Ganesh echoes a similar statement to Lin, telling The Pointer calls for services have reduced, along with hours of operation in his workshop.
These small businesses are two of many across Canada reeling from the impacts of shutdowns. According to a survey from the Canadian Federation of Independent Business (CFIB), half of Canada’s small businesses have been affected by a drop in sales due to COVID-19. CFIB also states the provincial government will announce support to small businesses in the province in its upcoming provincial budget, which is set to be released on March 25.
Keeping doors open in a situation like this is difficult, as people may be putting themselves and their employees in harm’s way. Over the weekend, an employee at a Brampton Tim Hortons was diagnosed with COVID-19. While Tim Hortons is by no means a small business, its workforce may fall into the category of the 3.4 million households who rely on their wages to make ends meet and have less than a month’s savings to cover basic necessities. People are stuck putting themselves at risk for becoming infected with COVID-19 or not earning enough money to pay their rent and buy groceries for their families.
According to a news release from Peel Public Health, customers who visited the location are not considered to be at risk. "Our Public Health team was able to identify and contact all individuals impacted. This meant that broad public notification was not needed to identify anyone else who may have been exposed to COVID-19," Dr. Lawrence Loh, Interim Medical Officer of Health, said in a statement.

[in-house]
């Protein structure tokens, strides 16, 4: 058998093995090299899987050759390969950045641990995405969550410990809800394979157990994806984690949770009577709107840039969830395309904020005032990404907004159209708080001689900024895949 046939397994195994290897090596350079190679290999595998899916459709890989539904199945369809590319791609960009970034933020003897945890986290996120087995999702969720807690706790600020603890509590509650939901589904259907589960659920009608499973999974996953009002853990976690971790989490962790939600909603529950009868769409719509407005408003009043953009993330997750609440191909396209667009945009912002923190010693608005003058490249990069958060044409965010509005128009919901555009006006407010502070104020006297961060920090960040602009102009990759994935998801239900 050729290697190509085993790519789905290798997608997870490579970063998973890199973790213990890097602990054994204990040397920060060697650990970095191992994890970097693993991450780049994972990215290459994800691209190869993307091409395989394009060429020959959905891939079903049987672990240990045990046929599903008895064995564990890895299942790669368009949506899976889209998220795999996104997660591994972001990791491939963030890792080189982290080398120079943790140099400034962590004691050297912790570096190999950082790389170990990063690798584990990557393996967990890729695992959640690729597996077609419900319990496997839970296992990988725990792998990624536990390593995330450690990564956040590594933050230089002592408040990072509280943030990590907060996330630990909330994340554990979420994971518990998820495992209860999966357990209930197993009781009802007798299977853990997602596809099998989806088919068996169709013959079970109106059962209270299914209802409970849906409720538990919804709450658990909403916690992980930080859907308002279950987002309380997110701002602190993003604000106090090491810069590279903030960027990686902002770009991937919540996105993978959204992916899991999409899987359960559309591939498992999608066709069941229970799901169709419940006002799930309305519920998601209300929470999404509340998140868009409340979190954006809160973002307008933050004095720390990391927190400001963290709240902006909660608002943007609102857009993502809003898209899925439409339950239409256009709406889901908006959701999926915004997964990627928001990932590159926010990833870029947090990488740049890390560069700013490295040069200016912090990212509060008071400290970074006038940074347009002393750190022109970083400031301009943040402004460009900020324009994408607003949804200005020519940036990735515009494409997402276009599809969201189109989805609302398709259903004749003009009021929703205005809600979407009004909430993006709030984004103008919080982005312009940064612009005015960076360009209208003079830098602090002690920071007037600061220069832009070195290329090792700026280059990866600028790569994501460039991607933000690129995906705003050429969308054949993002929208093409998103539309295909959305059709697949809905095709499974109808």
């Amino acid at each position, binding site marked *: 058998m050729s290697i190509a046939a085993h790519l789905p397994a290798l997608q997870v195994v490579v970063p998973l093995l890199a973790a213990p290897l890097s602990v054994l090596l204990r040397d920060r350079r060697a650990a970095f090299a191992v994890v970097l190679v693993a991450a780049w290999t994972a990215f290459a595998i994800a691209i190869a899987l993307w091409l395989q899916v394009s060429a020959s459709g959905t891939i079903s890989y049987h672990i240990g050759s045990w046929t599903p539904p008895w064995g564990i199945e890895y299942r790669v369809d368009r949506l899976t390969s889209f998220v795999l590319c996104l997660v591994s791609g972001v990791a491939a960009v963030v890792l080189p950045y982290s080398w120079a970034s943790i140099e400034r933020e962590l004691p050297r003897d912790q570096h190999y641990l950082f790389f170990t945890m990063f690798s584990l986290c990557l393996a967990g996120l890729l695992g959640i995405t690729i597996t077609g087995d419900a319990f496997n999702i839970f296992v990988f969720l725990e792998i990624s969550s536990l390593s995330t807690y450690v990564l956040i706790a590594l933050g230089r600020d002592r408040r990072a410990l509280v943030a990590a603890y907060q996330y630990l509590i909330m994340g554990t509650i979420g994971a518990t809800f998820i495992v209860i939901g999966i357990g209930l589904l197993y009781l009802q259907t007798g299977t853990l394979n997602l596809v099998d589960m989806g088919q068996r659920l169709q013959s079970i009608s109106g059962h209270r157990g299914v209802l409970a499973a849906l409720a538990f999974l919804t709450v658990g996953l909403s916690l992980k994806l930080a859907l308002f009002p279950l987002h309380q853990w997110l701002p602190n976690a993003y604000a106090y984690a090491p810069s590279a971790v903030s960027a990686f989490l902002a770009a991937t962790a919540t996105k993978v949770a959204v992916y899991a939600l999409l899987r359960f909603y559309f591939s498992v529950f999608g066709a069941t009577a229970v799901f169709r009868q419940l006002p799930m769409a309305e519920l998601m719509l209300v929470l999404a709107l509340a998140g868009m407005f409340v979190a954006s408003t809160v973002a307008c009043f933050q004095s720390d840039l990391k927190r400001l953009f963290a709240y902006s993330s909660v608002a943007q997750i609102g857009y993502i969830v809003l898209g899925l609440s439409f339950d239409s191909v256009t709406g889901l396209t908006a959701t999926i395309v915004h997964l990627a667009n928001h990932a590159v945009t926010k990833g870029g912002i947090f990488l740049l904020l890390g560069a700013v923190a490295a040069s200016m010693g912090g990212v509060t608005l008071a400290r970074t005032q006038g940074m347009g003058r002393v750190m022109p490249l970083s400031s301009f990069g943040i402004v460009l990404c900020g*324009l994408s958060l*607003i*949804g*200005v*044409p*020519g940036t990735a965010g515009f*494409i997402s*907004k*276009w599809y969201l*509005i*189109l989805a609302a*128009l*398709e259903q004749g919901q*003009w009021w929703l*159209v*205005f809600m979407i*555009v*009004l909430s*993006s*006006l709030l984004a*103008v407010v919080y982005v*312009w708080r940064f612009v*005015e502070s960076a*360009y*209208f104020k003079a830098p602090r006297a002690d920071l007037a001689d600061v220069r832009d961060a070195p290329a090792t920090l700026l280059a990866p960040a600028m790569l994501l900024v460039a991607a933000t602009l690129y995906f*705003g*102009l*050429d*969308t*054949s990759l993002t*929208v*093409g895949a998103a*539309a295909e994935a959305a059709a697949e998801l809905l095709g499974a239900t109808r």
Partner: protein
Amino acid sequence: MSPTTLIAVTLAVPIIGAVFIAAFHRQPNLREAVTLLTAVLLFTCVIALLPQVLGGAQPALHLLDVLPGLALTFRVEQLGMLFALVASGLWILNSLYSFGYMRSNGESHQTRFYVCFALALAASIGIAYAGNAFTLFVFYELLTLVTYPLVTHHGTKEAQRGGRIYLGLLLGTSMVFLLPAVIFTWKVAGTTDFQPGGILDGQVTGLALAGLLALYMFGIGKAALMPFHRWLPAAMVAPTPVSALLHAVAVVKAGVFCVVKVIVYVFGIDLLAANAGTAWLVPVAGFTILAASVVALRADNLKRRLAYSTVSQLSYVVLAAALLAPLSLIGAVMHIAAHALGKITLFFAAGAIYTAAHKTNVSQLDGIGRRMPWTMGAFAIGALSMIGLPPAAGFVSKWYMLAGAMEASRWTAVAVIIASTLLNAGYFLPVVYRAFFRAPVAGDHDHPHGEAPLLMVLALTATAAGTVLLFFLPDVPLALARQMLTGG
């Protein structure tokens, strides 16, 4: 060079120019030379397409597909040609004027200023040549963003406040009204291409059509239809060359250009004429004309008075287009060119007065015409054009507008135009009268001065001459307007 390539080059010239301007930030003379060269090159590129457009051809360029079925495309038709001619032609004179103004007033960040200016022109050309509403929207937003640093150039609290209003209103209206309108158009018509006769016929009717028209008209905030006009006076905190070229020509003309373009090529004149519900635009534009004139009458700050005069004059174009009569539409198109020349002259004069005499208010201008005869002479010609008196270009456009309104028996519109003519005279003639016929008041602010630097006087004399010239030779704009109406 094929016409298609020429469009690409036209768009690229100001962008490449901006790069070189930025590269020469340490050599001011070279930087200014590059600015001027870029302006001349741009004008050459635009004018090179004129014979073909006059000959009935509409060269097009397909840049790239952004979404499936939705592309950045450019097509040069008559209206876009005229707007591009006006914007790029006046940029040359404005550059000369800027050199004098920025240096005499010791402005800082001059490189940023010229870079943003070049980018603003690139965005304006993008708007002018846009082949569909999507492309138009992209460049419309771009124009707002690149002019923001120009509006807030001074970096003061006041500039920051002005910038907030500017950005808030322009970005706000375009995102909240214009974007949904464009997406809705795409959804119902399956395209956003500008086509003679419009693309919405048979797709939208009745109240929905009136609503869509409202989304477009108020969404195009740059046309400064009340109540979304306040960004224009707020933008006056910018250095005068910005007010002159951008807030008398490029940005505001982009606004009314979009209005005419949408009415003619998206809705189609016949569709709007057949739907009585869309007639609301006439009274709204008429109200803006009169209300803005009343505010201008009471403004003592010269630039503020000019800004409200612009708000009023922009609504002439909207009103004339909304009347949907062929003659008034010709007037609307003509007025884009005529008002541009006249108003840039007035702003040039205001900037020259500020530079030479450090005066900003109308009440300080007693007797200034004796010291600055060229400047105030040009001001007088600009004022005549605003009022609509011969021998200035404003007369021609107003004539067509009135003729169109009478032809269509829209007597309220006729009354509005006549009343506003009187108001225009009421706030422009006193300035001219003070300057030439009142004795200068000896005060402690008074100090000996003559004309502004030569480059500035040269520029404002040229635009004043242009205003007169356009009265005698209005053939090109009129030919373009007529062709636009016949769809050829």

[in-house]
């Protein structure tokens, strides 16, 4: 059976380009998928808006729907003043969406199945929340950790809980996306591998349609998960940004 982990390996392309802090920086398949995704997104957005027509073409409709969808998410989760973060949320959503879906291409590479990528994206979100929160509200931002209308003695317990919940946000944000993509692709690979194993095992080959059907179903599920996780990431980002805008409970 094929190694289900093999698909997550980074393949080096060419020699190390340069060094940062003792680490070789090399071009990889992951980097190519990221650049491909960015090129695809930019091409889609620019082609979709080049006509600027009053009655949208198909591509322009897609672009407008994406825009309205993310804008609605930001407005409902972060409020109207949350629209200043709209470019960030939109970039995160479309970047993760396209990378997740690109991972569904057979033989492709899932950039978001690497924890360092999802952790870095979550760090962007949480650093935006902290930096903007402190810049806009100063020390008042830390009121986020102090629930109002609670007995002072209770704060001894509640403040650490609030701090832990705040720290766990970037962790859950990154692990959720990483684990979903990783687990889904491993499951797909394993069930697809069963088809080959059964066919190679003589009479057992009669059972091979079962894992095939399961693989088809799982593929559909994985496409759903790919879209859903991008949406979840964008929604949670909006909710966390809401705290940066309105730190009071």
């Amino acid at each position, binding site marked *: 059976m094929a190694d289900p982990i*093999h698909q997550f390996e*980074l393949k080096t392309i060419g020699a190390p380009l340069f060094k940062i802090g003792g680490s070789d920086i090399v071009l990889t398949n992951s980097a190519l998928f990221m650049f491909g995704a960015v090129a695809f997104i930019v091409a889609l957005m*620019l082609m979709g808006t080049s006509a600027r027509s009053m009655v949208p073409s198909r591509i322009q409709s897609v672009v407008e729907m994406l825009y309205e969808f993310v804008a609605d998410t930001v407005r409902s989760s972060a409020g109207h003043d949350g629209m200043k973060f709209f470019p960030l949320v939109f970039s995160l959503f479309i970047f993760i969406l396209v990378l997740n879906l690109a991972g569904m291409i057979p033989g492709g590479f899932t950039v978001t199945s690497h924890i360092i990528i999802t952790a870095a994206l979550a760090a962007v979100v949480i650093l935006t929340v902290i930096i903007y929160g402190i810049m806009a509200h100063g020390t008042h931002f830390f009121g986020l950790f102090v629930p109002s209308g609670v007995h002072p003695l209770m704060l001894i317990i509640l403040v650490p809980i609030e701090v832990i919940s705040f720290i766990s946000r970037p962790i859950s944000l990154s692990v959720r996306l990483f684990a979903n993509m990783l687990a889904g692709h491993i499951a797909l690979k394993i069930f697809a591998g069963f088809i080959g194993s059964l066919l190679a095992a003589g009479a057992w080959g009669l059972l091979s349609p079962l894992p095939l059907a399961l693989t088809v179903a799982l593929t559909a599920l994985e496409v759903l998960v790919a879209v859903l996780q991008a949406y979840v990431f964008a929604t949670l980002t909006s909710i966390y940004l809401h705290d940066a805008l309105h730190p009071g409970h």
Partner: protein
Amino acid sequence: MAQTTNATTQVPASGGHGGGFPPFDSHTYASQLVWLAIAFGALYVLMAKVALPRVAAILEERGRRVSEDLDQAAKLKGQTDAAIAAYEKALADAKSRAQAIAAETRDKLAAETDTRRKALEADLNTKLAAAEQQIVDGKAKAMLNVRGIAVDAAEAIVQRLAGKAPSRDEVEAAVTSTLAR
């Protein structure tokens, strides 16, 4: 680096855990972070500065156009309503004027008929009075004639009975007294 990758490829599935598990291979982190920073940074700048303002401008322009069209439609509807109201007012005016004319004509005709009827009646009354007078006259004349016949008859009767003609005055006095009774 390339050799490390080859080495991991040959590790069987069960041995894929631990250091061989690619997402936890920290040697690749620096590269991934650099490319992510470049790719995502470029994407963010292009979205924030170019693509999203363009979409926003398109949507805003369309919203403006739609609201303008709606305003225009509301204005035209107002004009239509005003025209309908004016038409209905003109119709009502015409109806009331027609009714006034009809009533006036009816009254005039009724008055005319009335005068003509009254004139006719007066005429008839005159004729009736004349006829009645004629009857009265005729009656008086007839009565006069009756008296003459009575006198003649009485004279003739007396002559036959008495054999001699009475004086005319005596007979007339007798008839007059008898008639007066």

In response, Tim Hortons tweeted the location in question was closed for cleaning and staff members are in self-isolation. Last week, Tim Hortons announced $40 million in support for employees who are affected by COVID-19. The money will be split 50/50 between the 1,500 restaurant owners across the country and the company’s corporate office, a Tim Hortons spokesperson told The Pointer. It’s not clear what requirements must be met in order for an employee to secure money from this fund and, if approved, when these individuals could access it.
Hundreds of businesses, like some of these in Mississauga, will have to close
The question of when people can access relief funds extends to the emergency aid package from the federal government. Last week’s announcement included $27 billion in income support for Canadians through the Goods and Service Tax (GST) and the Canadian Child Benefit payment. This money won't be hitting bank accounts until May, which can be a problem, according to the CCPA report, as many people who don’t have a hefty savings account may have to figure out how to manage their money in the meantime. “As encouraging as that is, too many families are presently grappling with the question of whether they should pay the rent or use their meagre savings to buy food and other basic necessities,” the report states.
There are many Canadians out there who want to help those in a bind. “Care-mongering” is a term describing the kindness of people who set out to help those in need during the pandemic. In Ganesh’s eyes, this positive behaviour of working together as a community will help Canada get through uncertain times.
“As Canadians, we all go through…hardships and this is when our strength is tested. It's how we face it and how our general outlook, and our attitude will help us get through this and we just have to work together.”